Cataract Glacier starts from the north flank of Peak 5541 in the Chugach Mountains and flows northeast for 2.1 miles (3.4 km) through a steep valley to its terminus at the head of a stream that flows for another 0.5 miles (0.8 km) to the southern shore of Surprise Inlet in Prince William Sound, about 51 miles (82 km) east-southeast of Anchorage and 20 miles (32 km) northeast of Whittier, Alaska. The descriptive name was given in 1899 by members of the Harriman Alaska Expedition. Surprise Inlet is a fjord that now extends west for 2.5 miles (4 km) from Harriman Fjord to the tidewater terminus of Surprise Glacier. The underlying bedrock exposed by the retreating glacier is partially metamorphosed sedimentary rocks of the Valdez Group that formed during the Late Jurassic or Early Cretaceous, or about 145 million years ago, as turbidites in a deep ocean trench. The Valdez Group is part of the Southern Margin composite terrane, one of the world’s largest subduction-related accretionary complexes now exposed in Prince William Sound and the Kenai Peninsula.
The Harriman Expedition to Alaska in 1899 included Henry Gannett, an influential American geographer. In 1879, he lobbied the U.S. Congress to centralize the mapping functions of the United States into one government agency called the U.S. Geological and Geographical Survey, although the name U.S. Geological Survey would officially be approved. He is considered the ‘Father of the Quadrangle’, now the standard U.S Geological Survey 7.5-minute map, and the basis for topographical maps in the United States. In 1888, Gannett was one of the founding members of the National Geographic Society, and he served on the board until 1909. In 1890, he and Thomas C. Mendenhall of the U.S. National Geodetic Survey campaigned to establish the U.S. Board of Geographic Names to create official names for locations in the United States. In 1893, he wrote ‘A Manual of Topographic Methods‘ which was the basis for standardizing surveying and mapping processes, and three years later in his last year with the U.S. Geological Survey, he started the use of standard and now ubiquitous bronze surveyors benchmarks. In 1899, he was invited with other elite scientists to join the Harriman Alaska Expedition.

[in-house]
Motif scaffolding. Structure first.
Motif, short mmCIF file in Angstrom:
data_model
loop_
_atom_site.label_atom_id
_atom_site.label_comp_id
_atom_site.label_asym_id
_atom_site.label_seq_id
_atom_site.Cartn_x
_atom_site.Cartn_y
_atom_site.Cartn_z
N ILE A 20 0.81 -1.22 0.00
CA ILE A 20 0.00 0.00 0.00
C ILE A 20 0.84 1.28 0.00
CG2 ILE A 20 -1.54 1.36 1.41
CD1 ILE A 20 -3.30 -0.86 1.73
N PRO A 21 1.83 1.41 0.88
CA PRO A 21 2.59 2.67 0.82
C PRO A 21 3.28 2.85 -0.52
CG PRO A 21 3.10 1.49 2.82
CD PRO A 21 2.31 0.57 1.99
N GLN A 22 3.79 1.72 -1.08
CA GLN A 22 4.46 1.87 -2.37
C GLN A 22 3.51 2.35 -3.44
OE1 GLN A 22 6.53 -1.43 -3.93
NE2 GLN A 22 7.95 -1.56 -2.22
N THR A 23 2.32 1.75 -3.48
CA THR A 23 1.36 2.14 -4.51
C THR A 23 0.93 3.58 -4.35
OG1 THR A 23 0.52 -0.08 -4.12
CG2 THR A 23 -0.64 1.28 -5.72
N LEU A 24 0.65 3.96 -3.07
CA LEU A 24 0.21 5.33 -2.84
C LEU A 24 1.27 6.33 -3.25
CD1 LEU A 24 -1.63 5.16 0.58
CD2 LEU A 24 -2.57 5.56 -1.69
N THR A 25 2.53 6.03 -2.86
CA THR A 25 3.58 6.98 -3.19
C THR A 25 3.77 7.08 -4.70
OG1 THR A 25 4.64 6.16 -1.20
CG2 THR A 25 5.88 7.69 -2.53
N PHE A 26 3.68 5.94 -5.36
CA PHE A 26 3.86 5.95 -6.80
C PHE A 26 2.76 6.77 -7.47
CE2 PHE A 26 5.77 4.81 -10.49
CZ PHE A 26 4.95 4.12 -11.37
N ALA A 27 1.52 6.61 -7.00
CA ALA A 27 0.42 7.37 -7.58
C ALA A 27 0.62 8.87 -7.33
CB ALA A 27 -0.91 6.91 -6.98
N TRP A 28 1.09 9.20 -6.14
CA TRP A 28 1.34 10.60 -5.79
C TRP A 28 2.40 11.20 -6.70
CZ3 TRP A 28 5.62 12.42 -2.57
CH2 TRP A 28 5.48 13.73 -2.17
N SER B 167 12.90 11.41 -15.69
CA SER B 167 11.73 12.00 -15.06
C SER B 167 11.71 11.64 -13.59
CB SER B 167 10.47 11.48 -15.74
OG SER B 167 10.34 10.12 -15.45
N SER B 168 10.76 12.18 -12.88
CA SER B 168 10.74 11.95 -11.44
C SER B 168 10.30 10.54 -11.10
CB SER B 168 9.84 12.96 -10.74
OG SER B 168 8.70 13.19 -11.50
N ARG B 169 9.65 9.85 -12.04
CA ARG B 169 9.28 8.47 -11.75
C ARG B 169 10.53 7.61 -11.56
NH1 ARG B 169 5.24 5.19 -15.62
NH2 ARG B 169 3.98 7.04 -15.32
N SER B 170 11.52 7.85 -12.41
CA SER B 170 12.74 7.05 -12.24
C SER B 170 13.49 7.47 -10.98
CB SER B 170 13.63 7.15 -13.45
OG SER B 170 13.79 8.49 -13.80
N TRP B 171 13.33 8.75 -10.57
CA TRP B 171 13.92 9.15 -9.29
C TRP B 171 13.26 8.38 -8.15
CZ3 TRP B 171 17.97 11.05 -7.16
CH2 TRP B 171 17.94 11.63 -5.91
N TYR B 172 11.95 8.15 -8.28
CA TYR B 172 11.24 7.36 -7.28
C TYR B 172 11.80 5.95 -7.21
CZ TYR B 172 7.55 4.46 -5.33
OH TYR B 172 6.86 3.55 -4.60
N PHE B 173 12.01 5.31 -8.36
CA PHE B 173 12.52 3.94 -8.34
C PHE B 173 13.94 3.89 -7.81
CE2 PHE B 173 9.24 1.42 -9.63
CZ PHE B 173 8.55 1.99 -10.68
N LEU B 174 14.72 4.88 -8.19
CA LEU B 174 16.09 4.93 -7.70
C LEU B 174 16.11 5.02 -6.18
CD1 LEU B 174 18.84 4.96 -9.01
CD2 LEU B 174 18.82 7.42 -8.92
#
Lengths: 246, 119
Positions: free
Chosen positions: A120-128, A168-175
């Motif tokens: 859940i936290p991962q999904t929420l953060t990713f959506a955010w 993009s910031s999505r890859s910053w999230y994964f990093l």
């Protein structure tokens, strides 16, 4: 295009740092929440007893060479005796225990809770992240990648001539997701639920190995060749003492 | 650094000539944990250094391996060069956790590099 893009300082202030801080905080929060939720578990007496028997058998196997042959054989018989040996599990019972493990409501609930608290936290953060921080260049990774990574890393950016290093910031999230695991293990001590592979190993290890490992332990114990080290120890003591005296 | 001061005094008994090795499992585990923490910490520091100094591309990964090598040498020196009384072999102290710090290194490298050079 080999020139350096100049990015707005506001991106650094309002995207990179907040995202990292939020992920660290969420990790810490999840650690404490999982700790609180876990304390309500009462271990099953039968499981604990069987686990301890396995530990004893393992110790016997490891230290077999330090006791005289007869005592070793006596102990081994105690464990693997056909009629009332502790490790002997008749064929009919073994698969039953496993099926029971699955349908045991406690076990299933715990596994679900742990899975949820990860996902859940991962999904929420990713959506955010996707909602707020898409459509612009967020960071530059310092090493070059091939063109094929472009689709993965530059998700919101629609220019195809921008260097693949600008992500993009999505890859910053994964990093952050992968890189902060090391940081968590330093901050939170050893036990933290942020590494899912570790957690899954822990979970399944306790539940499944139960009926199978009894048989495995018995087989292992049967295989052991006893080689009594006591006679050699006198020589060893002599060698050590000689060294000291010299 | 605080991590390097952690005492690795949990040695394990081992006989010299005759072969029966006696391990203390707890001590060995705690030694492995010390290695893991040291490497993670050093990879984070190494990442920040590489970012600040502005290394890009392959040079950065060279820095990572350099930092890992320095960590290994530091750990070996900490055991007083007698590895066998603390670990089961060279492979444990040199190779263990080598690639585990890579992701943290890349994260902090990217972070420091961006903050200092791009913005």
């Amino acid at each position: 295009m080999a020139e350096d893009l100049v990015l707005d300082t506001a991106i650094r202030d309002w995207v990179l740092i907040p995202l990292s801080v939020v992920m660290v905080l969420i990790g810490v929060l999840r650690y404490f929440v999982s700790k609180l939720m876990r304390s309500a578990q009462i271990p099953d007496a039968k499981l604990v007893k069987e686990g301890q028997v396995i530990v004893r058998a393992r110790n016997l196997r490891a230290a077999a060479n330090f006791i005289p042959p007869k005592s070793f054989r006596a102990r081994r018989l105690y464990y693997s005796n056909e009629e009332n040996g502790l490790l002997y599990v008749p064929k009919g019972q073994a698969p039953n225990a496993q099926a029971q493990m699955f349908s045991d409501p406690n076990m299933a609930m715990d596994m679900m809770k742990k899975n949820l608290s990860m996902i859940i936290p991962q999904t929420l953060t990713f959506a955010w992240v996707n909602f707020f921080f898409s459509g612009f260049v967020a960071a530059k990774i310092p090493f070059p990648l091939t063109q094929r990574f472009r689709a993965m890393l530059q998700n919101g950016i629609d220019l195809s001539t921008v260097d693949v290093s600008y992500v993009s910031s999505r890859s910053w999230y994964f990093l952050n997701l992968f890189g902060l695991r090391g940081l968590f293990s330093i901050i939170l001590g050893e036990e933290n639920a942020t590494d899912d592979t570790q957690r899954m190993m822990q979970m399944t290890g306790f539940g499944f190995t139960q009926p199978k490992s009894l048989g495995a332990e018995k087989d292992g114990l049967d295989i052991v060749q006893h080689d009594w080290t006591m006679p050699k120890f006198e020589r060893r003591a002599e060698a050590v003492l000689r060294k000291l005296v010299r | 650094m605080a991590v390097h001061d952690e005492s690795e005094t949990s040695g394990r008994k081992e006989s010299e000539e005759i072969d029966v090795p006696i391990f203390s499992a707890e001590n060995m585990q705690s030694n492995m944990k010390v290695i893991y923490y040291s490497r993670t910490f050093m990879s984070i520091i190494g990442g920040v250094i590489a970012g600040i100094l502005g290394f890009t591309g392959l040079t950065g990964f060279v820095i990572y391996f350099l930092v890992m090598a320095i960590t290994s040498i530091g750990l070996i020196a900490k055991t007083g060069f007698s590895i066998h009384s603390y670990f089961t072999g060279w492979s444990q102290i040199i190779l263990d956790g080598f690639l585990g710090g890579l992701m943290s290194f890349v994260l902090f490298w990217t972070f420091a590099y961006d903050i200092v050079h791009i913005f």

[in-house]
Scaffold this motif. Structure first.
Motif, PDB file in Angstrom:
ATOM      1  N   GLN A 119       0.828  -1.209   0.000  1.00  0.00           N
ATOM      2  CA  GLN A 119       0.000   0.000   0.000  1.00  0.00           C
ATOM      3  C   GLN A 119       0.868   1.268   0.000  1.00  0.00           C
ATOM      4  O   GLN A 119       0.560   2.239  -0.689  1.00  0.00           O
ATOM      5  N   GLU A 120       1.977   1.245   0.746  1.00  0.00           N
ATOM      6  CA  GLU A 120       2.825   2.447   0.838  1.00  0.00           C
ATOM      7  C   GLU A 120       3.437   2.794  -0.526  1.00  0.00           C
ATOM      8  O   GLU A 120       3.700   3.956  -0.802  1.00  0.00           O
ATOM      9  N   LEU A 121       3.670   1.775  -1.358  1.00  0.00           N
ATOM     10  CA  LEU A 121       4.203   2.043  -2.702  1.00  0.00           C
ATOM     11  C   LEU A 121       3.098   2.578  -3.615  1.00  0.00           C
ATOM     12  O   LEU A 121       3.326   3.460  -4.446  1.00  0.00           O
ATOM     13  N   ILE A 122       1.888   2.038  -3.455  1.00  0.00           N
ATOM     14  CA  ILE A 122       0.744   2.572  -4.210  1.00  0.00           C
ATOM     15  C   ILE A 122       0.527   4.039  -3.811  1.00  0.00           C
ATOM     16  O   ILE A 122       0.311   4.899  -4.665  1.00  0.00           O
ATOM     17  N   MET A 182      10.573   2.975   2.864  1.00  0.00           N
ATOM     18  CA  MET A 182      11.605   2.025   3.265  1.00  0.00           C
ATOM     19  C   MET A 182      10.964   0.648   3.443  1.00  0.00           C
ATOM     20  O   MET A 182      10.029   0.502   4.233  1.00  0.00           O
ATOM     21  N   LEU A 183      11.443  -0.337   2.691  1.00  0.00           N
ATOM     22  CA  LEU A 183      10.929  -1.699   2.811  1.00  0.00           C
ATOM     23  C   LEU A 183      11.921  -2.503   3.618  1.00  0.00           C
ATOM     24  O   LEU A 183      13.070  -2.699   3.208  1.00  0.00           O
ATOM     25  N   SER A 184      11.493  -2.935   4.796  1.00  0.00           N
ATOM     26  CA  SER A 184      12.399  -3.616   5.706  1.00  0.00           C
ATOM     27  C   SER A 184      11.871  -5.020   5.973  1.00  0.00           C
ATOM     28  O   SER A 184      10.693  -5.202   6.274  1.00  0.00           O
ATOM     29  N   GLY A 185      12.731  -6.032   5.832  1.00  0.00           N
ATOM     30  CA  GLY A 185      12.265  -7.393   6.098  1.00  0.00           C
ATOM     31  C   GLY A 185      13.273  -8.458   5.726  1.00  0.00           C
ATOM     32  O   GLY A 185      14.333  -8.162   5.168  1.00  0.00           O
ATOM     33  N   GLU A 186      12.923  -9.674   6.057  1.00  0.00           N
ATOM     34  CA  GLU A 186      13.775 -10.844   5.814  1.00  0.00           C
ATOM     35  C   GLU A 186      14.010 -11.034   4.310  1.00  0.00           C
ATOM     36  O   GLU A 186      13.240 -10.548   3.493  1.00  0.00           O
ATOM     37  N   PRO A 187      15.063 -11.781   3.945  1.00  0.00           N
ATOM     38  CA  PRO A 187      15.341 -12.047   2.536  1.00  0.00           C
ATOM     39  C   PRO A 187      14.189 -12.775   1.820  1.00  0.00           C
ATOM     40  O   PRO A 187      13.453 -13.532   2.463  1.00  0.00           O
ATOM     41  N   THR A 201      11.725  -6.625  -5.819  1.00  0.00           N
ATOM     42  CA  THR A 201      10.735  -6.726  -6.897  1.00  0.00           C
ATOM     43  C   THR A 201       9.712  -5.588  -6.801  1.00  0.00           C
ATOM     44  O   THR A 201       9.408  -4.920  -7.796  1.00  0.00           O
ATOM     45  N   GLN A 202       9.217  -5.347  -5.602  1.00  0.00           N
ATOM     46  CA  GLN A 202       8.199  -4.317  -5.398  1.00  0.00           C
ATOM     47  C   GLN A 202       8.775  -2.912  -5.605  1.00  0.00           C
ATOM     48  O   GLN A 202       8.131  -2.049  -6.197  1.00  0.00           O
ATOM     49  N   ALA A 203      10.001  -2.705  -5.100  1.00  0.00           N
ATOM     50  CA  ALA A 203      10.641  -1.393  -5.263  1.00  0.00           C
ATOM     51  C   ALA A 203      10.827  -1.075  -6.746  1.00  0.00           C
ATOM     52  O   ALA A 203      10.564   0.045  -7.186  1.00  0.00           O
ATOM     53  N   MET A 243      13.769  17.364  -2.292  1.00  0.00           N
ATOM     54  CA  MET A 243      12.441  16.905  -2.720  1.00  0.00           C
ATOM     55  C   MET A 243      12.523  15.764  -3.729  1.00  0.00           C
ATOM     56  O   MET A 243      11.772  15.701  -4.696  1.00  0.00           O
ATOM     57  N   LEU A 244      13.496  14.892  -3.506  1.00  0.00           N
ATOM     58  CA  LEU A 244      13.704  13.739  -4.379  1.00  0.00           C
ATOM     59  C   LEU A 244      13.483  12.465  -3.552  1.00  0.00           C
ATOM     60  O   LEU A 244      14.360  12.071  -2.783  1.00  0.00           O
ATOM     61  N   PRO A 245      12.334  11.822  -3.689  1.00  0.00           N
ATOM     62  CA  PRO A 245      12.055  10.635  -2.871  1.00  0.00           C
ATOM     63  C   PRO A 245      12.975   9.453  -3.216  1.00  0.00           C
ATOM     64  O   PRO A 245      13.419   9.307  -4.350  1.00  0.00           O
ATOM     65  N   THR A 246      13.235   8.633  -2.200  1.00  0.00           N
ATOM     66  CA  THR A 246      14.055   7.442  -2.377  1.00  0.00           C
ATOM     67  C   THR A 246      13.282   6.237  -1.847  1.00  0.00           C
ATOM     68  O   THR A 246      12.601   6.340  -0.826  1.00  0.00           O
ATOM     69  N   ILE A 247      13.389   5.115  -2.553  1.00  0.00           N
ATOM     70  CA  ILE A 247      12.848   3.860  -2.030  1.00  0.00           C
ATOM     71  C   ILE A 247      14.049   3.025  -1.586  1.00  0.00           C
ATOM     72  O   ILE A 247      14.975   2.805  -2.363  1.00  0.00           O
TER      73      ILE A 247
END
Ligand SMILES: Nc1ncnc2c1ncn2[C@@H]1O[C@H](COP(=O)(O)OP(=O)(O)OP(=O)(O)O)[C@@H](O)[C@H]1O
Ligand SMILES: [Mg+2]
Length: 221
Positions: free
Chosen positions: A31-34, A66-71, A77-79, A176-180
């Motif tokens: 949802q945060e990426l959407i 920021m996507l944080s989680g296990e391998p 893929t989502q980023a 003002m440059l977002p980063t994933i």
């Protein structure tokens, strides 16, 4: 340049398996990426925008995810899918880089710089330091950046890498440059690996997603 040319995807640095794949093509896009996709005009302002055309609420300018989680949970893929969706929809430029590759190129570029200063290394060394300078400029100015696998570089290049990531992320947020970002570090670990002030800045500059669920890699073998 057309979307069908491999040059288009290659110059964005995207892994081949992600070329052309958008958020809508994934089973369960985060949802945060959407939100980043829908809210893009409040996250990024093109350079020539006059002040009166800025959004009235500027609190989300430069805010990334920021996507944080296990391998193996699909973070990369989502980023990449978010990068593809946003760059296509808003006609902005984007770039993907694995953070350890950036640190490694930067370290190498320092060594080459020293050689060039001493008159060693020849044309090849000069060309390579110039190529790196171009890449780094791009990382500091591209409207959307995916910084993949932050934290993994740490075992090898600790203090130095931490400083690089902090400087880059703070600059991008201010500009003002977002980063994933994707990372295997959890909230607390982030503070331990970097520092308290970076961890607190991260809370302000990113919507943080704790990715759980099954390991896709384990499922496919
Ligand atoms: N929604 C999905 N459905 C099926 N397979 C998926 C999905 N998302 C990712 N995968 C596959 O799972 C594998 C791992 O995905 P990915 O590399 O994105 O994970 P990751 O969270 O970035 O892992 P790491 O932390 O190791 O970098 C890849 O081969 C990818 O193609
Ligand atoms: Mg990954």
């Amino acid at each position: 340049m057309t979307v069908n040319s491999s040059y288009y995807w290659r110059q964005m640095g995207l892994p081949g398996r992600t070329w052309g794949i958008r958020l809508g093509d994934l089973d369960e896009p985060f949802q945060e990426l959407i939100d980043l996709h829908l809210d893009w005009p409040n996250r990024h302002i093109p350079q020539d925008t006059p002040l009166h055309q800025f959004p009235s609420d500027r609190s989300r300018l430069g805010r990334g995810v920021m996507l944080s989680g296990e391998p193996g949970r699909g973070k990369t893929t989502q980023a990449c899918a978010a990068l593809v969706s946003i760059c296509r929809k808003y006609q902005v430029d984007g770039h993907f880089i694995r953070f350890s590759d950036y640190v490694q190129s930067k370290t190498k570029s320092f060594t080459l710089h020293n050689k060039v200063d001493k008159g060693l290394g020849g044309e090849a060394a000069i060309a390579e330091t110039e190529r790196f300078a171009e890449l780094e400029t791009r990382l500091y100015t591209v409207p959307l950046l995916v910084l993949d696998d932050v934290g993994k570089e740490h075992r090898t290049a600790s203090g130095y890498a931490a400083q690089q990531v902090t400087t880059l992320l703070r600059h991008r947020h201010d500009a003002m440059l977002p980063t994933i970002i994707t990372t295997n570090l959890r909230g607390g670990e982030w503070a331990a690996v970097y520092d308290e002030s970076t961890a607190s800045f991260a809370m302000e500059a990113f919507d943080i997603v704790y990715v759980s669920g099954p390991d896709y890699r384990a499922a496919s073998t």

Gannett’s map of Harriman Fjord drawn in 1899 shows the front of Surprise Glacier practically at the point where the Cataract Glacier reached tidewater. In 1909, Ulysses S. Grant and Daniel F. Higgins photographed the glaciers of Surprise Inlet and determined that Surprise Glacier had retreated about 1.1 miles (1.8 km) from the 1899 position. But the Cataract Glacier terminus did not show any noticeable change in position from 1899. In 1910, Cataract Glacier was advancing and overriding shrubs and willows along the margin when Lawrence Martin visited the glacier. In 1914, Dora Keen visited the glacier and observed that the terminus of the glacier had not changed position since Martin’s visit. In 1925, Keen observed that the glacier had experienced a small recession since 1914 but that its terminus was still at tidewater. In 1931, William O. Field noted that the terminus had retreated from tidewater but that it was thickening at higher elevations. By 1935, the glacier had readvanced to tidewater but was showing signs of narrowing along its margins. In 1938, another retreat was underway when Bradford Washburn photographed the glacier. This retreat was greater than 1,600 feet (500 m) and continued through Field’s last reported observation of the glacier in 1968. From 1974 to 2004, Bruce Molnia made several observations of the glacier and the terminus retreated about 1,000 feet (300 m) with considerable thinning and narrowing of the ice. Today, Cataract Glacier is no longer tidal and the terminus is situated about 0.5 miles (0.8 km) from the inlet. Read more here and here. Explore more of Cataract Glacier and Surprise Inlet here: